Mechanical Translation of Set Theoretic Problem Specifications Into Efficient RAM Code  A Case Study
 Proc. EUROCAL 85
, 1985
"... This paper illustrates a fully automatic topdown approach to program development in which formal problem specifications are mechanically translated into efficient RAM code. This code is guaranteed to be totally correct and an upper bound on its worst case asymptotic running time is automatically de ..."
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Cited by 29 (8 self)
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This paper illustrates a fully automatic topdown approach to program development in which formal problem specifications are mechanically translated into efficient RAM code. This code is guaranteed to be totally correct and an upper bound on its worst case asymptotic running time is automatically determined. The user is only required to supply the system with a formal problem specification, and is relieved of all responsibilities in the rest of the program development process. These results are obtained, in part, by greatly restricting the system to handle a class of determinate, set theoretic, tractable problems. The most essential transformational techniques that are used are fixed point iteration, finite differencing, and data structure selection. Rudimentary forms of these techniques have been implemented and used effectively in the RAPTS transformational programming system. This paper explains the conceptual underpinnings of our approach by considering the problem of attribute closure for relational databases and systematically deriving a program that implements a linear time solution. 1.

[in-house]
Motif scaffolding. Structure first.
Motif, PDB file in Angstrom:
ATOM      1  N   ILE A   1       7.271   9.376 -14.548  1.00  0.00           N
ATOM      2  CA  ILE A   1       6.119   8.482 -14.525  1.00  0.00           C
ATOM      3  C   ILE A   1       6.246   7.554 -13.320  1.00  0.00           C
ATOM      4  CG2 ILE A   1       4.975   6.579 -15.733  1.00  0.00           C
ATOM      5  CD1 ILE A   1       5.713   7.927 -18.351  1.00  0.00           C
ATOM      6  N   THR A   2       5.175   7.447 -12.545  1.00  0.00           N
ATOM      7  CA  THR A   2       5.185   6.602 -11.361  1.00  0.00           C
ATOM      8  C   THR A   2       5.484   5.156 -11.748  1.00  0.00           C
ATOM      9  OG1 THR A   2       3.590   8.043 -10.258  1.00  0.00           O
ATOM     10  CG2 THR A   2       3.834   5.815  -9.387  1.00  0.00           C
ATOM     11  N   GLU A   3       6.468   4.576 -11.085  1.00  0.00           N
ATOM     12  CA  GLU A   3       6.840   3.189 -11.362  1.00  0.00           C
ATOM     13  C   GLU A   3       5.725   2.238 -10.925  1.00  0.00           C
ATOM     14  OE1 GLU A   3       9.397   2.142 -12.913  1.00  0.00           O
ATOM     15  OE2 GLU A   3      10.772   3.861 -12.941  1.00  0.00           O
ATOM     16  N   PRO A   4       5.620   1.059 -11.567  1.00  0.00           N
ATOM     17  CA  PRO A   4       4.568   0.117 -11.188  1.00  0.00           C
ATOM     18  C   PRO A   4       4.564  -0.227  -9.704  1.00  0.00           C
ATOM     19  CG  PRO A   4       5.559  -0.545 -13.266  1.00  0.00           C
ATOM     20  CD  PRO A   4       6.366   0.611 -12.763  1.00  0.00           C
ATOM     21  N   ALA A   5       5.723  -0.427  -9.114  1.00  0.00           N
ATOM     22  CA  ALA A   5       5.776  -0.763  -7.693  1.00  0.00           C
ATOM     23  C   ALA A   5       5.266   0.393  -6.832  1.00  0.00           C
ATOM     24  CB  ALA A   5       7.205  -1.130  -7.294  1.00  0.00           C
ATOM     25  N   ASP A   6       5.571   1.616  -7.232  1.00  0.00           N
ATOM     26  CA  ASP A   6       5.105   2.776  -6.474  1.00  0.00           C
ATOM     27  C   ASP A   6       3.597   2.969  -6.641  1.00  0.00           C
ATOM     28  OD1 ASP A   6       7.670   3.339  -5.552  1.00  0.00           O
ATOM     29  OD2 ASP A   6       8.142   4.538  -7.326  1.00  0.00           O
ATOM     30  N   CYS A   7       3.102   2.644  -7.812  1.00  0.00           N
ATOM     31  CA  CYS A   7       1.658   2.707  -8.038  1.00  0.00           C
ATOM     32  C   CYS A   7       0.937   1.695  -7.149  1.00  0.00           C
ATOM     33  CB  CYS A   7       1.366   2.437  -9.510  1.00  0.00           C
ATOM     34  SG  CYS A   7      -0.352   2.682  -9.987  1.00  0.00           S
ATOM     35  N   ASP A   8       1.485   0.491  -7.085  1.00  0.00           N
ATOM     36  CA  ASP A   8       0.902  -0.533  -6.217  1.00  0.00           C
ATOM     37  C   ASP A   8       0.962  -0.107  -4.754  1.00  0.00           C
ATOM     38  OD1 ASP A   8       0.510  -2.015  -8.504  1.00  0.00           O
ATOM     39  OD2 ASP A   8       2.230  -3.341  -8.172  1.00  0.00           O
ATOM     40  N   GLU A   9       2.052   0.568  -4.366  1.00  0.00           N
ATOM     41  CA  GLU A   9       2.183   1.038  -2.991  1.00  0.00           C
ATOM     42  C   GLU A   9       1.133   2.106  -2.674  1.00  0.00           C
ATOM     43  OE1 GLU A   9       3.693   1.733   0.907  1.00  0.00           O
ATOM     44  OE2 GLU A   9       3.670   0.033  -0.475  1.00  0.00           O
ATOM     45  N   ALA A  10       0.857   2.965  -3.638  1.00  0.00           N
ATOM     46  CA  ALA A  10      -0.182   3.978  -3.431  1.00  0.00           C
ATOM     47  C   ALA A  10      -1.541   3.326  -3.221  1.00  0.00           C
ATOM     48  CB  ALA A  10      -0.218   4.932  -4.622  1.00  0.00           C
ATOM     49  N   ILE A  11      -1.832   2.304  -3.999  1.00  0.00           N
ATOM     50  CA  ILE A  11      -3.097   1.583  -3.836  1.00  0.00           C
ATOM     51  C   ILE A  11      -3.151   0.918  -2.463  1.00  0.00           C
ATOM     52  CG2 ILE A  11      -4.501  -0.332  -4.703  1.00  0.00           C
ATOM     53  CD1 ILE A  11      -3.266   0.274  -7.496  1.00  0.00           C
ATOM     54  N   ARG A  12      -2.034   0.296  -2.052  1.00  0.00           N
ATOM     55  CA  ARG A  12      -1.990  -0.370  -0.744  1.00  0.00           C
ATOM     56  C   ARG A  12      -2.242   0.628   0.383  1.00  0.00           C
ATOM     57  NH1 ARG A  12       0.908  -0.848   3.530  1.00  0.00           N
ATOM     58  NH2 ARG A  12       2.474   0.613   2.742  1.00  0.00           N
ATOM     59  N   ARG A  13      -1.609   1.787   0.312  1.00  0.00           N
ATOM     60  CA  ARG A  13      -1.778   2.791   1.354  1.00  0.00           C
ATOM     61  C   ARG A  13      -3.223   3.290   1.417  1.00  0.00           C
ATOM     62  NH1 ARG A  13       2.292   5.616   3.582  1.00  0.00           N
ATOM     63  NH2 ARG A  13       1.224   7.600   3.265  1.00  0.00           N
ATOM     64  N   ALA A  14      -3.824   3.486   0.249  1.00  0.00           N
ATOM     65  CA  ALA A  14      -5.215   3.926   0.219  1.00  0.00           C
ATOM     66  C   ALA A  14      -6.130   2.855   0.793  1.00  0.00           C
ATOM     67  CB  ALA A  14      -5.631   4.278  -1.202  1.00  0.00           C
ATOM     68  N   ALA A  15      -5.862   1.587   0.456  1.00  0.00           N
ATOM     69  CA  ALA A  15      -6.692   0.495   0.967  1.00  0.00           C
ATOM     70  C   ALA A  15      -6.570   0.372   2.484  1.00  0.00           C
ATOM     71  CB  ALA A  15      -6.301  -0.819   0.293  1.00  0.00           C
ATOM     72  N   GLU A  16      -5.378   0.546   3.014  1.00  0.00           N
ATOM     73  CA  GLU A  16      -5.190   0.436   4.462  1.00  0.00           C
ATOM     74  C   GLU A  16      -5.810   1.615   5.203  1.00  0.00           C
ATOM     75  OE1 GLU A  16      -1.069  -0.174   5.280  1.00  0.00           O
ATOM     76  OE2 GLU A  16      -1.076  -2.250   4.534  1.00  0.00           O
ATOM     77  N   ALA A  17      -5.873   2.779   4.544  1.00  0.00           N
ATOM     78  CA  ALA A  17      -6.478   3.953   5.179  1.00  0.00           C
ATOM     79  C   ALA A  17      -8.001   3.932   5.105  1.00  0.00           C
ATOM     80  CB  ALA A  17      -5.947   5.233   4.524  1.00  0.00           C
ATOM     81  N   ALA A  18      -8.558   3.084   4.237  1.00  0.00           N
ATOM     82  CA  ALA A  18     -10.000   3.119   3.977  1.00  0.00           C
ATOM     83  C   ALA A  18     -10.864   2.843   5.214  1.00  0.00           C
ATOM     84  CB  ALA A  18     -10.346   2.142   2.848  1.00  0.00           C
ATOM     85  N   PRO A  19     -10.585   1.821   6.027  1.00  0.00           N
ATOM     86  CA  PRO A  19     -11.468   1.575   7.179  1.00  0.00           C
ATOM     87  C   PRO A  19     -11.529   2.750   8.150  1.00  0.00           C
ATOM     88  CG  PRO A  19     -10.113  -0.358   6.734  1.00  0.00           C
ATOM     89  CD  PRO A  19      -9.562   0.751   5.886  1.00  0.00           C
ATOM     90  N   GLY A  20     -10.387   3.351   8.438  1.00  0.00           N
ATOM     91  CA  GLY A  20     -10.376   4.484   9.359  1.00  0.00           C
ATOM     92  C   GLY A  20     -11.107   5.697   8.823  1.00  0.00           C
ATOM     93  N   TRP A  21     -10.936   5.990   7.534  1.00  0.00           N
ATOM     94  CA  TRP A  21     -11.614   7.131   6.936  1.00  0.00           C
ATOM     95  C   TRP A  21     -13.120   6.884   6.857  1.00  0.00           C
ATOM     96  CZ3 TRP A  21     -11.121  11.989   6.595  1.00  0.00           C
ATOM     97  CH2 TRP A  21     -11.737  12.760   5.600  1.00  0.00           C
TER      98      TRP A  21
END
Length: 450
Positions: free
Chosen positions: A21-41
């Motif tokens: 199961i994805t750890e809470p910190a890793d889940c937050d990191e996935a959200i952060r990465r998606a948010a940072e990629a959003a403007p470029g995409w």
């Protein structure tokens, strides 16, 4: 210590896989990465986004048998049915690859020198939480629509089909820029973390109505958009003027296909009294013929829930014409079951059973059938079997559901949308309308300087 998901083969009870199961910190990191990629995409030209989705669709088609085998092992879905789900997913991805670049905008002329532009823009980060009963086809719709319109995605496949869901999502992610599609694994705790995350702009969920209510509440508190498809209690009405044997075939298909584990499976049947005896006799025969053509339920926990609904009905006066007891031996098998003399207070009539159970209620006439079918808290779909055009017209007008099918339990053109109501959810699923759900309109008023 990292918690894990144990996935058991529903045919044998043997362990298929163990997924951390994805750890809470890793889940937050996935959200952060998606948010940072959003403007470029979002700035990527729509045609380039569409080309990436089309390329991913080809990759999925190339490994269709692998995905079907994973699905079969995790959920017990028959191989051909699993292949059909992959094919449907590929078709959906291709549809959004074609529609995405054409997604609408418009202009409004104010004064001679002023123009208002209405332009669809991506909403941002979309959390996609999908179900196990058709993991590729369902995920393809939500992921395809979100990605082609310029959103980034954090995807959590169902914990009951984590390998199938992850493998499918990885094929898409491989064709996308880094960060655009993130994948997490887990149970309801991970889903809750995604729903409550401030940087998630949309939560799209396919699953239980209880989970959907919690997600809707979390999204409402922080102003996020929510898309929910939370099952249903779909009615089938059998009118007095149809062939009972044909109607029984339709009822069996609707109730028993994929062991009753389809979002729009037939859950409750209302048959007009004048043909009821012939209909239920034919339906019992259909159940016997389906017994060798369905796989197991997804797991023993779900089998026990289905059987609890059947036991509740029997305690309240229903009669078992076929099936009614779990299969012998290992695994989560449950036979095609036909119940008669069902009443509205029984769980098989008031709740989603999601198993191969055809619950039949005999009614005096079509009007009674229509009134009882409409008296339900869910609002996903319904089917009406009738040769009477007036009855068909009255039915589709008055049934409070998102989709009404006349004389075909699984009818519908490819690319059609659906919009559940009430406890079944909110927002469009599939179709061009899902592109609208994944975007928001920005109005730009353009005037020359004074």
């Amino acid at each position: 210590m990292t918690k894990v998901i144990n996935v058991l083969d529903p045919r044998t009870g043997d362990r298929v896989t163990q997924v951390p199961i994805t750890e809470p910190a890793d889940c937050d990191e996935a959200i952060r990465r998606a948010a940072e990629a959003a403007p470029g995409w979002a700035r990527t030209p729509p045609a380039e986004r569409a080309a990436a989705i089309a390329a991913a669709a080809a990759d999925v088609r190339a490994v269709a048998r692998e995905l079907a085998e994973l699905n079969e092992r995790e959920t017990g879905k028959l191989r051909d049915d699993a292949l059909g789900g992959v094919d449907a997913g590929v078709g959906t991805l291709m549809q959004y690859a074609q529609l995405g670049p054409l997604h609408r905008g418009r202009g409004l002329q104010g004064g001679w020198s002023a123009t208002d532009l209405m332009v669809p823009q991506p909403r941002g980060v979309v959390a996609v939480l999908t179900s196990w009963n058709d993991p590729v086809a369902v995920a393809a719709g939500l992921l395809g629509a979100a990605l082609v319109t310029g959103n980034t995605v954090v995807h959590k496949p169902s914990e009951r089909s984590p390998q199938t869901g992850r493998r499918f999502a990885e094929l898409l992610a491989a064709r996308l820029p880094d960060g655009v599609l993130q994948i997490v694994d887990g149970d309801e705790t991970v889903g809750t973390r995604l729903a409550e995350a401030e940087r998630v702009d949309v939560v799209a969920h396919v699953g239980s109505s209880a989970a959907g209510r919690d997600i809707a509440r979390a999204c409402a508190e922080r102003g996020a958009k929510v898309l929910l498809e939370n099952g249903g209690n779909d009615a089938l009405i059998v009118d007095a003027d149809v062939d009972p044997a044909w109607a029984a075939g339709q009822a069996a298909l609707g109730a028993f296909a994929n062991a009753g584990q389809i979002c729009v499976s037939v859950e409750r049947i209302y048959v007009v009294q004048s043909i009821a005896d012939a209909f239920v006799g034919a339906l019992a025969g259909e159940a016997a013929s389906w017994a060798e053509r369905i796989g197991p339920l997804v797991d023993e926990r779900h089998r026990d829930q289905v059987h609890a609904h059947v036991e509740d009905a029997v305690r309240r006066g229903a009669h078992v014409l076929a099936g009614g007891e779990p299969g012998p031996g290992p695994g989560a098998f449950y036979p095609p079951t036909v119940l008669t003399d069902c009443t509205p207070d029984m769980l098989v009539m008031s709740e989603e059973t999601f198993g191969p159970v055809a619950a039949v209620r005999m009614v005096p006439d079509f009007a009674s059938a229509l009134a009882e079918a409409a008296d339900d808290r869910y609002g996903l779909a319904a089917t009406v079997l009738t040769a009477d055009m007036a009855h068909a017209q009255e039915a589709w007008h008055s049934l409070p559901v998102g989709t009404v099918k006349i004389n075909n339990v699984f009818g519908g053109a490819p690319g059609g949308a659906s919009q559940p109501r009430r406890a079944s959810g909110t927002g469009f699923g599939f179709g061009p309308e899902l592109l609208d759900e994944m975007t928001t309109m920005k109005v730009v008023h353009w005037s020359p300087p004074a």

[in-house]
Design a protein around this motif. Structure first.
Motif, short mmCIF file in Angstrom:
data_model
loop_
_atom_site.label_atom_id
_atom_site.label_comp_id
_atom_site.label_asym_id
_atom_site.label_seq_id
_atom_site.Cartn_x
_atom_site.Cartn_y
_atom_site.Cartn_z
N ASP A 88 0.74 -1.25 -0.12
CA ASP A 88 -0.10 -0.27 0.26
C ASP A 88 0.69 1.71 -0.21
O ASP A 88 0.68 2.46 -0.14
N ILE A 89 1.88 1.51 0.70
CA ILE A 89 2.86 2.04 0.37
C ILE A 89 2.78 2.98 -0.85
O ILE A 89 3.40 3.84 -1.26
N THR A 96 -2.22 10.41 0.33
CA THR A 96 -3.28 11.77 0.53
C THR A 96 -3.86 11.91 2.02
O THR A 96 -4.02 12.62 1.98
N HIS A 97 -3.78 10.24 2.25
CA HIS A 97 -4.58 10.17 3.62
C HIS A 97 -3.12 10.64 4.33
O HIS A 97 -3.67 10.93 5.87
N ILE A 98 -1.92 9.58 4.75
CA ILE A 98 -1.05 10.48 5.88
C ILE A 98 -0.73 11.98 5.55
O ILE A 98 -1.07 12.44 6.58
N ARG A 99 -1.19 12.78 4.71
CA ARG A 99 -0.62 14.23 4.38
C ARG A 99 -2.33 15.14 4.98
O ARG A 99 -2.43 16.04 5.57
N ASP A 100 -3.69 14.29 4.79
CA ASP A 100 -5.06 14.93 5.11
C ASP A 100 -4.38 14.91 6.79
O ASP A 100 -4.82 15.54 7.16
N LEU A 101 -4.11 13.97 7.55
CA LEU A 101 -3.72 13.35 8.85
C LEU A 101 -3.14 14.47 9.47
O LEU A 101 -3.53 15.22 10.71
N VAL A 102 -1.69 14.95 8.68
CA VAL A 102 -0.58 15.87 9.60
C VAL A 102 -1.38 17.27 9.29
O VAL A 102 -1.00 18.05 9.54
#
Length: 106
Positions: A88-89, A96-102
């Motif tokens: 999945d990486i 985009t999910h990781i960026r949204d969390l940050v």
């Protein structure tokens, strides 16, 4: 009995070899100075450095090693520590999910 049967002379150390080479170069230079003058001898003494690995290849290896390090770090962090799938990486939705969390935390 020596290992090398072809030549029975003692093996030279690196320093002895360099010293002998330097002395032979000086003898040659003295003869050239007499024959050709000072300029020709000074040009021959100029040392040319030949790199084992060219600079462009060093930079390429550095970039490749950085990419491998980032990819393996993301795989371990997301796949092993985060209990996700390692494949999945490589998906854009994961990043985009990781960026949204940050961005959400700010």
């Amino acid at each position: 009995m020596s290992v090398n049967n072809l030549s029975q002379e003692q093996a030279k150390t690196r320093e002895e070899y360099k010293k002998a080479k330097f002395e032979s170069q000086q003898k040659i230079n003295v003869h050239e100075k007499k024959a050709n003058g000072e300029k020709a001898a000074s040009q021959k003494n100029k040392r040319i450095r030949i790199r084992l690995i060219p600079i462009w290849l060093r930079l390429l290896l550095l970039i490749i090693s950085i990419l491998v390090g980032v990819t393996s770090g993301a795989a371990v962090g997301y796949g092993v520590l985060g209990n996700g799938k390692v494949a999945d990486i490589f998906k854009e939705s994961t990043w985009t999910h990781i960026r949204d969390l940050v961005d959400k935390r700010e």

Proof Transformations in HigherOrder Logic
, 1987
"... We investigate the problem of translating between different styles of proof systems in higherorder logic: analytic proofs which are well suited for automated theorem proving, and nonanalytic deductions which are well suited for the mathematician. Analytic proofs are represented as expansion proofs, ..."